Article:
Think Like A Man topped the North American box office for the second weekend in a row, beating out a quartet of newcomers including Judd Apatow’s The Five Week Engagement starring Jason Segel and Emily Blunt, and Pirates! Band of Misfits. However, the overall movie scene is temporarily quieting down, off 33% from this time last year when Fast Five debuted prior to the start of the 2012 summer movie season next Friday, even as The Hunger Games continues to feed moviegoers appetites.
Overseas painted a brighter picture as Disney and Marvel’s The Avengers opened to huge numbers that will be met or exceeded when the film begins its domestic box office run on May 4.
Sony’s comedy hit Think Like A Man had a solid second weekend hold as the Tim Story film eased a modest 46% to earn a solid $18 million from 2,015 screens. The lone bright spot in the top ten this weekend, Think Like A Man has earned a great $60 million in ten days time. With no real competition coming for another two weeks when Tim Burton’s comedic take on Dark Shadows arrives, Think Like A Man could cruise its way to a $90 million final haul.
Sony also laid claim to the number two spot with its latest 3D animated offering from Aardman Studios, The Pirates! Band of Misfits. Launching on a wide 3,358-theater count, the family comedy only managed to commandeer a mild $11.4 million and a meek per screen average of $3,395. The underwhelming opening for the family film is the second Aardman production released under the Sony banner that has met with indifference from audiences. But unlike last fall’s holiday-themed Arthur Christmas, Pirates doesn’t have the benefit of a holiday to keep its grosses afloat. The studio will have to look to foreign markets to make the most of its box office booty.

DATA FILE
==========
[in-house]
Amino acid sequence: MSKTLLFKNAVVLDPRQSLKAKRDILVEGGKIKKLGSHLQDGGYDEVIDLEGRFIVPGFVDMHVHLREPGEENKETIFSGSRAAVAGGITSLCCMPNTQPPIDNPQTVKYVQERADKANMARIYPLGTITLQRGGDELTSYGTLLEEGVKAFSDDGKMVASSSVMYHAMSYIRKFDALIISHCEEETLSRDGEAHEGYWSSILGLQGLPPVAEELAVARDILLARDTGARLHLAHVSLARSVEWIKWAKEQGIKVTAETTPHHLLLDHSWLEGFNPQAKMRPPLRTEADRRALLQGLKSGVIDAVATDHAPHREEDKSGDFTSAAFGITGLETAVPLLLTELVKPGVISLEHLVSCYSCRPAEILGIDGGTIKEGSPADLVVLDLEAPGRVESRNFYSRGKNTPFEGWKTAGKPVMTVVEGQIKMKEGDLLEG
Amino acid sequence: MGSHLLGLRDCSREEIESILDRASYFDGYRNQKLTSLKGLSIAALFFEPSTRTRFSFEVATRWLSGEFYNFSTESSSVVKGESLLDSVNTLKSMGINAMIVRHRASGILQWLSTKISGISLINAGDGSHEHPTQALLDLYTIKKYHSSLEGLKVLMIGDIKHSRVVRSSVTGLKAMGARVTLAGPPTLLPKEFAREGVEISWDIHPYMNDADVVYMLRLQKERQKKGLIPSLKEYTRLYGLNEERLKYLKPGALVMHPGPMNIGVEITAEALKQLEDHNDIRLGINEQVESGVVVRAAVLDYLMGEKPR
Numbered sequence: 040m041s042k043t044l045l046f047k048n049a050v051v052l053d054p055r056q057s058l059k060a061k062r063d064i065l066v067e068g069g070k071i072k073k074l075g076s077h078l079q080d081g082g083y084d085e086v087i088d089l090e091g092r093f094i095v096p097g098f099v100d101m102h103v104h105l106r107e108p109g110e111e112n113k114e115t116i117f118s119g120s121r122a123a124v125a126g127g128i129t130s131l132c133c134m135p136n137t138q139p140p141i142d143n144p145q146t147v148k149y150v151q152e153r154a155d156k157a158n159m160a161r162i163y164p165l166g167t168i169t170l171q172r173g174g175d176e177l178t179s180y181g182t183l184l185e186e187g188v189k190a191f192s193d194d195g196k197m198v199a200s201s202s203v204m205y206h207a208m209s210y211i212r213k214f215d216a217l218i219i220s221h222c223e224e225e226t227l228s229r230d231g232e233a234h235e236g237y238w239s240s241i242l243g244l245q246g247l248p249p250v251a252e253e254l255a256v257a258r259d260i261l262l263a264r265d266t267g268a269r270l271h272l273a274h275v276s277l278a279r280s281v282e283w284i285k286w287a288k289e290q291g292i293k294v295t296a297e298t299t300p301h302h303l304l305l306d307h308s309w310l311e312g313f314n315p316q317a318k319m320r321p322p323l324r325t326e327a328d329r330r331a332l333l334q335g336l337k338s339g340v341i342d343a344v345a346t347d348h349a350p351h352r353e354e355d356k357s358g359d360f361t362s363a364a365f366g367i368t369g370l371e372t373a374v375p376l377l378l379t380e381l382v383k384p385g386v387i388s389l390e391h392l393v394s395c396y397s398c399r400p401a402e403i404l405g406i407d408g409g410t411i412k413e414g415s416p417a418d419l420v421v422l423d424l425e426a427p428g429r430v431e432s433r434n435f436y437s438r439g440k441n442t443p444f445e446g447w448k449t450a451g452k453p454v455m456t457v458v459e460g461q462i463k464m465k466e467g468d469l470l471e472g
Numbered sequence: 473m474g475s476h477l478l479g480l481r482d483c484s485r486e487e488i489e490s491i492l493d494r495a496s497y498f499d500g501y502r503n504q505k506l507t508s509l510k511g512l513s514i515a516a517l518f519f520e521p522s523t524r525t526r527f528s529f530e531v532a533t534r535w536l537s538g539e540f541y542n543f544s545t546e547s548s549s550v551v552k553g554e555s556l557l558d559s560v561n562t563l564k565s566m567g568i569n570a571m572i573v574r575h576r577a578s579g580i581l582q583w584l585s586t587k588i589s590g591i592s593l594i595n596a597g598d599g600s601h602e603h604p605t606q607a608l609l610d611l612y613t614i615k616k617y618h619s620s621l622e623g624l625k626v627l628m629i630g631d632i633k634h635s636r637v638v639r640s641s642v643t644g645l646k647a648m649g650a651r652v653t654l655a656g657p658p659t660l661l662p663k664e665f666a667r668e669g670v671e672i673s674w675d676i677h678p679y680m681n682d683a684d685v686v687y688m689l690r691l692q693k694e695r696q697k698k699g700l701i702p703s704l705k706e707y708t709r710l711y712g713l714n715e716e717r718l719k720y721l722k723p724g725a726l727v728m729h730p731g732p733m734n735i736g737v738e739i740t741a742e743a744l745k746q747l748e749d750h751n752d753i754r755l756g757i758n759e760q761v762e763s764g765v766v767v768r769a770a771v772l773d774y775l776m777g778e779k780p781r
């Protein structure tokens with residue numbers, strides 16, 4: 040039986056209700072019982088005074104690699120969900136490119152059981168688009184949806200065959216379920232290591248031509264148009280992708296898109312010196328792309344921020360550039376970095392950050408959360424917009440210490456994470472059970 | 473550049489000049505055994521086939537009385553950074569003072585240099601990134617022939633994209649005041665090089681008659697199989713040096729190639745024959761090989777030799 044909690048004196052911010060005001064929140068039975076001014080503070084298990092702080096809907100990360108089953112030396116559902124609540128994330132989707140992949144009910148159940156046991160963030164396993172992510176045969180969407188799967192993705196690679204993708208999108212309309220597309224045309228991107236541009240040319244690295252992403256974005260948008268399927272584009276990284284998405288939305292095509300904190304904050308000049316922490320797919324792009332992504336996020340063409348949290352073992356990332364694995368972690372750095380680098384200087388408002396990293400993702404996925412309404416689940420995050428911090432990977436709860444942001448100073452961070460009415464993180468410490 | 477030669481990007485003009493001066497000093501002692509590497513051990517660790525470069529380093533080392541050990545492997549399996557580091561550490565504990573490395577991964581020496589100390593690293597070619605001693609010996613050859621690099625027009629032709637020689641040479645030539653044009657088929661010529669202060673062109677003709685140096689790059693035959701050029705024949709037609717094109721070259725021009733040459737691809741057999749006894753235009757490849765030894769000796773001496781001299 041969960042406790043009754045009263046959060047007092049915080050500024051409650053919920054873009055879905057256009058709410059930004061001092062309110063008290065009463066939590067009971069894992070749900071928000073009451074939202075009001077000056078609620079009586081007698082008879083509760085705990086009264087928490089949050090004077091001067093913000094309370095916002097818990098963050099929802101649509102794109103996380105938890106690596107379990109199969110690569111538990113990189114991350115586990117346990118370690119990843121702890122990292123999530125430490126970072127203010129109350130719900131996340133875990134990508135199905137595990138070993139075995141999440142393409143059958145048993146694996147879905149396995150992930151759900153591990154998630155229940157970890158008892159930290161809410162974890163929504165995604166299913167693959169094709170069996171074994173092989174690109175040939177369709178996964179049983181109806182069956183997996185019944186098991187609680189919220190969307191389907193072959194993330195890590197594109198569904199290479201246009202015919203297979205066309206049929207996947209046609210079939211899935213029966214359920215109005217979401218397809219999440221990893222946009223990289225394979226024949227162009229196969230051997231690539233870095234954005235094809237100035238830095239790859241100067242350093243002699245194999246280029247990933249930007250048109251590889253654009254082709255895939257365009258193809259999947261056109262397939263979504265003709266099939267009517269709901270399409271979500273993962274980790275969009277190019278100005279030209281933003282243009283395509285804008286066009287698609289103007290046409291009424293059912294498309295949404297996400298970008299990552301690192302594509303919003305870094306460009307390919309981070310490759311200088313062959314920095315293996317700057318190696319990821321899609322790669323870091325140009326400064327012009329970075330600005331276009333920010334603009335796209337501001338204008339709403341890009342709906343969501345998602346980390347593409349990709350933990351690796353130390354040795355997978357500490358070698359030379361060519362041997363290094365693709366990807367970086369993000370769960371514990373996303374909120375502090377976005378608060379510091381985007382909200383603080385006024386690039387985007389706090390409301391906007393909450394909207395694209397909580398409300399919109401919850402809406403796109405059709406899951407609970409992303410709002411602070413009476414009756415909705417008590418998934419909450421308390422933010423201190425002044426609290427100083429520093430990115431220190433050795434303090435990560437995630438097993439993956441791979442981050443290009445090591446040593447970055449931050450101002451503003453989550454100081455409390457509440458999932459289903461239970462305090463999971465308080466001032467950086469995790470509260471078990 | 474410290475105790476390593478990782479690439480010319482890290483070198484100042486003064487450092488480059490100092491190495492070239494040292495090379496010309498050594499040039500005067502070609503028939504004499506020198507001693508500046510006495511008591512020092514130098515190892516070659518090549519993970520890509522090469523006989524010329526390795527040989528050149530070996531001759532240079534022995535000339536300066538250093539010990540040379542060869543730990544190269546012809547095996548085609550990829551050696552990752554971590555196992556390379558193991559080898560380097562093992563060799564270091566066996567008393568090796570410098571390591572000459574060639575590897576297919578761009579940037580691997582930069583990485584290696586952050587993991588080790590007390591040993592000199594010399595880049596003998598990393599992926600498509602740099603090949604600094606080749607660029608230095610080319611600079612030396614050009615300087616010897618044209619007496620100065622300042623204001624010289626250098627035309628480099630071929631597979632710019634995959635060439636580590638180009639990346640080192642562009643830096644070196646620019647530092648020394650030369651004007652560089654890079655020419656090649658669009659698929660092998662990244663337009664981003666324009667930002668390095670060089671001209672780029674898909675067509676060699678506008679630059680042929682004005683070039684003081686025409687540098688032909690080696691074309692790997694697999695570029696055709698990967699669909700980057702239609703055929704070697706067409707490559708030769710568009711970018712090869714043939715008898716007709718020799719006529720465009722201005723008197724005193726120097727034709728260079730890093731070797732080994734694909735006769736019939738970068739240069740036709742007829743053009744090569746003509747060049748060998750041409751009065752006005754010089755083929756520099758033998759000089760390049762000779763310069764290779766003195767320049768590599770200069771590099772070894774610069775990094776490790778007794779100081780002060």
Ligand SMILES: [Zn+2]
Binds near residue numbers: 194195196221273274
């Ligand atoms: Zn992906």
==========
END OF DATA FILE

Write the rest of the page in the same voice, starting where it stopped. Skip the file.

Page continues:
Warner’s romantic weepie The Lucky One lost half of its audience in its sophomore round but still managed to land in third place. Off 50%, the Zac Efron romanced an okay $11.3 million in estimated sales from 3,175 theaters. After ten days, the movie adaptation of the Nicholas Sparks’ novel has earned $39.7 million and could work its way to a decent $55-60 million at the box office when all is said and done.
Jennifer Lawrence and The Hunger Games kept up their winning ways as the movie displayed the smallest drop in the top ten during its sixth weekend of release. Off only 23%, the science-fiction drama earned another $11.25 million from 3,572 theaters to bring its domestic total to an eye-popping $372.4 million. Given the strong staying power the monster hit has displayed since its record-setting opening, there is a good chance that the movie will end its run near or just over the $400 million mark. The film currently sits just within the top twenty all-time grossing films, surpassing the $370 million final gross of 2004’s The Passion of the Christ.
The films in fifth, sixth and seventh place were all new releases and not a single one made much of an impact. In fifth place was the Judd Apatow-produced comedy The Five Week Engagement. The Jason Segel/Emily Blunt romantic comedy got plenty of advertising support from its distributor Universal Studios, but in the end it really didn’t help too much with sales. Opening on 2,936 screens, the R-rated comedy earned a weak $11.1 million. In sixth place was the latest Jason Statham action dud Safe, which could only muster $7.7 million on 2,266 screens. In seventh place was the John Cusack horror flick The Raven, which earned a tepid $7.2 million from 2,203 theaters. All three films earned weak critical ratings on Rotten Tomatoes and should see a bigger audience on Blu-ray and DVD in a couple of months (if not sooner).
The remainder of the top ten is as follows:
8. Chimpanzee (Disney) $5.46 million (-49%) $19.1 million to date
9. The Three Stooges (Fox) $5.4 million (-44%) $37.1 million
10. The Cabin in the Woods (Lionsgate) $4.5 million (-43%) $34.6 million
This upcoming weekend, The Avengers assemble on over 4,000 screens – including IMAX – starting at 12:01 am on Thursday night. The Marvel ensemble is a lot of big summertime fun that isn’t to be missed.
– Shawn Fitzgerald